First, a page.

Londoners set to march in Victoria Park for migrant children to be reunited with families

Ever Castillo, left, and his family, immigrants from Honduras, are escorted back across the border by U.S. Customs and Border Patrol agents Thursday, June 21, 2018, in Hildalgo, Texas. The parents were told they would be separated from their children and voluntarily crossed back to Mexico after trying to seek asylum in the United States. (AP Photo/David J. Phillip).

Local activists will be holding a march at Victoria Park, calling on the federal government to put an end to family separation and immigration detention in America and Canada.

March on London is sparked by events involving migrant children being separated from their parents as they illegally cross the U.S. border.

Over a dozen cities across Canada are participating in the rally, called #FamiliesBelongTogether, and have issued joint demands to the federal government.

Mandy Penny, organizer of March on London, says participants want the federal government to scrap the Safe Third Country Agreement and the Designated Country of Origin list.

“What happens is that if a migrant crosses a U.S. border at a port of entry, seeking asylum, they can not then come to Canada and request to seek asylum in our country because the United States is currently considered a safe country for that to happen,” Penny said, explaining why they want the agreement scrapped.

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“We would like to see the end of those agreements so that refugees who are feeling unsafe in the United States might then have some recourse in terms of applying for asylum,” Penny added.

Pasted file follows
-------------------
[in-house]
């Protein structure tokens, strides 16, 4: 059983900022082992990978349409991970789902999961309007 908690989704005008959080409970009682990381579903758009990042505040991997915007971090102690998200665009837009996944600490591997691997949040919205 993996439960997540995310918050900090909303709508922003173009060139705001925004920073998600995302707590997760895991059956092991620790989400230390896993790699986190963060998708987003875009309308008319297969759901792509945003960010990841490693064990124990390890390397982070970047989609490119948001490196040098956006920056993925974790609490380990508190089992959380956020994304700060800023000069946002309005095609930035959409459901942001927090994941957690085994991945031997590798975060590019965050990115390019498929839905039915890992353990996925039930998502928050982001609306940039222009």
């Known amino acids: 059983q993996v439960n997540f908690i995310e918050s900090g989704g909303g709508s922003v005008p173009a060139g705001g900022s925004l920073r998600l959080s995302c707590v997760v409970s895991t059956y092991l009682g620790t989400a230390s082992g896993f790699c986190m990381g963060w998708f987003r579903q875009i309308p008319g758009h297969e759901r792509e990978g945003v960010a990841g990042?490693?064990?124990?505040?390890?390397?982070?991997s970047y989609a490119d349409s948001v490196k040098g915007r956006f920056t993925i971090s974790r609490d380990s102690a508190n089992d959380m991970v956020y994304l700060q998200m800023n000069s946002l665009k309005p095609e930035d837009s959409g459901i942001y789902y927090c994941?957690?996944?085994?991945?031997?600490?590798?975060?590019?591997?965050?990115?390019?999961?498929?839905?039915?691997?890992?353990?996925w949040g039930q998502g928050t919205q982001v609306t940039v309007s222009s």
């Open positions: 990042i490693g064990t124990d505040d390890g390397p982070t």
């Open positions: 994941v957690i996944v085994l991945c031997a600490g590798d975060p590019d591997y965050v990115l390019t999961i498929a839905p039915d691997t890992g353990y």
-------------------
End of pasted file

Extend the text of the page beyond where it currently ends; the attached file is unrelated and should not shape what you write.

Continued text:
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Framing this, she said, is the fact that Canada is still seeing the lingering trauma and history of what has happened with Indigenous peoples.

The rallies happening in Canada are calling on Prime Minister Justin Trudeau to condemn U.S. immigrant deportation and detention policies. They want all undocumented and migrant people in Canada to be granted permanent resident status, including everyone that has crossed over from the United States.

Penny expressed concerns about historic and current Canadian practices which have separated Indigenous families, including the residential school system. She draws attention to the rates of incarceration for Indigenous people and the number of Indigenous children placed in foster homes by state organizations.

With respect to the government policies behind the separation of families at the U.S. border, she told 980 CFPL that both Canada and the United States are affected.

“Canada is one of the only countries in the west that still has a system of indefinite detention for refugees who come into the country, [and] migrants are jailed for decades without charges or trial,” Penny said.
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“What [Donald] Trump’s executive order seeks to do, as much as it was touted as being a solution from the separation of families, is to create that same system of indefinite detention that is already the norm here in Canada.”

She adds that 16 people have died in detention since 2000, and six people since Trudeau has been in office.

“We are spending upwards of $138 million to build more immigration prisons and to jail families and children, so what we are seeing in the U.S. is just an extension of what we are seeing here in Canada,” Penny said.

Londoners are encouraged to join the march Saturday at 12 p.m.

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